GoFundMe, the startup focuses crowdfunding for charitable causes, has made another acquisition to scale up its platform: it has acquired YouCaring, a smaller rival, creating a combined community of 50 million donors in some 19 countries in the process. Financial terms of the deal are not being disclosed, but it comes amid a flurry of acquisitions in the space as smaller companies look to consolidate in the face of growing competition from the likes of Facebook, and, it seems, Amazon.
Other acquisitions among charitable crowdfunding startups have included GoFundMe buying CrowdRise (and relaunching it last month), and YouCaring acquiring Generosity.com from Indiegogo in January of this year.
GoFundMe says that current YouCaring campaigns will continue as is if they have been started on the latter site. Future campaigns will all be initiated on GoFundMe. Campaigns will be backed by GoFundMe’s guarantee going forward.
Crowdfunding has become one of the biggest levers for raising money over the internet. Using emotional storytelling campaigns that spread virally through social media (and more traditional media), charitable giving specifically has been given a huge boost. GoFundMe was already the world’s biggest platform for causes-based online giving, and this deal with extend its margin further.
It’s not completely clear why GoFundMe decided to gobble up YouCaring (or YouCaring chose to sell up), rather than both continuing to grow organically, but one reason could be because of changing business models in the charitable crowdfunding space.
Last November, GoFundMe announced that it would drop the 5 percent platform fee that it was charging for personal campaigns in the US (its biggest market) and opt for a tips-based model. Notably, this is the model that forms the basis of how YouCaring — which is profitable — works.
“We have never had a platform fee and never will,” Dan Saper, CEO of YouCaring, told me earlier this year. Over 70 percent of all its users tip the company something, he added. “It has been remarkably sustainable and predictable,” he said. “We treat people like adults and let them decide who to support and how much to give.”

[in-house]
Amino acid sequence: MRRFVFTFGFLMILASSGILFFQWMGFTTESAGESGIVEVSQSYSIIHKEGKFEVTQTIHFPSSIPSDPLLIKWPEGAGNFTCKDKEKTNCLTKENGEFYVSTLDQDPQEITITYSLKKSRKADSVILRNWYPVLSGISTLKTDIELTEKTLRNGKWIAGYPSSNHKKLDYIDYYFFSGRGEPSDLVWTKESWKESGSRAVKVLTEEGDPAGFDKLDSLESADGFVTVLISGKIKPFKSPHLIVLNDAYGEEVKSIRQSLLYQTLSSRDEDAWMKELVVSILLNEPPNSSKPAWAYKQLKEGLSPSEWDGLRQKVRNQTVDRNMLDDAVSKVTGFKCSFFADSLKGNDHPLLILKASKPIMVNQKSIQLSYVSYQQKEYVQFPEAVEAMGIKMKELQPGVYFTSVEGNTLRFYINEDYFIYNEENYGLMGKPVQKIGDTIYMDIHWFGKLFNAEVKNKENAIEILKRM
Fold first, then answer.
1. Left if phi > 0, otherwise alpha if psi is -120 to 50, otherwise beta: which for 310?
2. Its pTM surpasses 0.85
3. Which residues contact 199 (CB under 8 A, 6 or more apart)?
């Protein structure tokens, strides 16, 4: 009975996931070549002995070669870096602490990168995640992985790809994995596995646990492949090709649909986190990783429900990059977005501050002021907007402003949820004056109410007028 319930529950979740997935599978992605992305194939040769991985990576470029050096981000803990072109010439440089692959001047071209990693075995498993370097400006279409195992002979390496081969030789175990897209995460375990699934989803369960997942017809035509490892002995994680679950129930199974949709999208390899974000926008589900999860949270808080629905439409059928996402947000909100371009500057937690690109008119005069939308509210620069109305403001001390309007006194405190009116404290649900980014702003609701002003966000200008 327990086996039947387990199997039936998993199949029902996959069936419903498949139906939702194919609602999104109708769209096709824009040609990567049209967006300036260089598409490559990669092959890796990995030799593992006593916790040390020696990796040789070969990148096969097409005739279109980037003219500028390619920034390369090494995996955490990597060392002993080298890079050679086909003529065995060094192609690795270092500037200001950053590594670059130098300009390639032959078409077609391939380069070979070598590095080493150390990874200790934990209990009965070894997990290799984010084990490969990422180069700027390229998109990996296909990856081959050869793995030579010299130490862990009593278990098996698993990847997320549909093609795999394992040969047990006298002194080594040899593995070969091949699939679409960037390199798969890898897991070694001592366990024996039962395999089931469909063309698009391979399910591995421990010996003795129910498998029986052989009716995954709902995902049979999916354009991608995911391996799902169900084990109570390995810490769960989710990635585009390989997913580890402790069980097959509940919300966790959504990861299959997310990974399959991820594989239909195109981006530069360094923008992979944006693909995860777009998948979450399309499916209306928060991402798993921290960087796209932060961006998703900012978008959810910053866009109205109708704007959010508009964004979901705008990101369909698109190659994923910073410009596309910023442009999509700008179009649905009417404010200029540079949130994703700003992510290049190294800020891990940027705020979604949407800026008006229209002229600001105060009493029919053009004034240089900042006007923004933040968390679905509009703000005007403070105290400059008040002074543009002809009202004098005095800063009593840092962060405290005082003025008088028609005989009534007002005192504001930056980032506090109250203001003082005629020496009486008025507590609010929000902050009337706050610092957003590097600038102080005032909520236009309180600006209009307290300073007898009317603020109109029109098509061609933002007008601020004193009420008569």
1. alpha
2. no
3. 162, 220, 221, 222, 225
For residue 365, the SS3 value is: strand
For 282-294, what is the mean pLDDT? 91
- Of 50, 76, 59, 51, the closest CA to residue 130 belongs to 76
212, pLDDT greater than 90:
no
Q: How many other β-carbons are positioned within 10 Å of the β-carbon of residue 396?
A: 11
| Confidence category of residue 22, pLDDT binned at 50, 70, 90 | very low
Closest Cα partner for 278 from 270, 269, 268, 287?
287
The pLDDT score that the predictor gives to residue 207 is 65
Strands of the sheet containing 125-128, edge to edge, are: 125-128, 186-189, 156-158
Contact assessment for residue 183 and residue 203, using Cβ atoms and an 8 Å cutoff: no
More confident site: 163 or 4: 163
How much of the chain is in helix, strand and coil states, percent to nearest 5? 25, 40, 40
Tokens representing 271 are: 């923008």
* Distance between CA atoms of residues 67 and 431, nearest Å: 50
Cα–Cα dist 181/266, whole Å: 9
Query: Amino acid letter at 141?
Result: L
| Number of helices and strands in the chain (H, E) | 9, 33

YouCaring also has the distinction of having hosted and run the largest crowdfunding campaign of all time, on any platform, raising $37 million for JJ Watt’s Harvey Relief Fund.
It could be that GoFundMe decided to bring in YouCaring either to help it built out is business in the tips-based space, or to work more closely with high-profile fundraisers, or (more cynically) to take out its closest independent rival in order to have less competitive pressure around how it chooses to build out fees and tips in the future. (We’re asking the question and will update as we learn more.)
For now, the combination is being described by GoFundMe as a move to strengthen its lead in the market — putting truth to the adage of “strength in numbers.”
“GoFundMe and YouCaring share a common mission of making it easier than ever for people to get the support they need. With this acquisition, we strengthen our position as the place where more people can unite to make an impact far greater than they can on their own,” said Rob Solomon, CEO of GoFundMe, in a sttement. “We’re excited to welcome the YouCaring community to GoFundMe and empower a global community of more than 50 million changemakers to help make a difference in each other’s lives.”
GoFundMe has never revealed how much it has raised from investors, but its backers include Iconiq, Stripes Group, Accel, TCV, Greylock and Meritech. YouCaring also has never disclosed how much it has raised and has only ever disclosed one backer, Alpine Investors.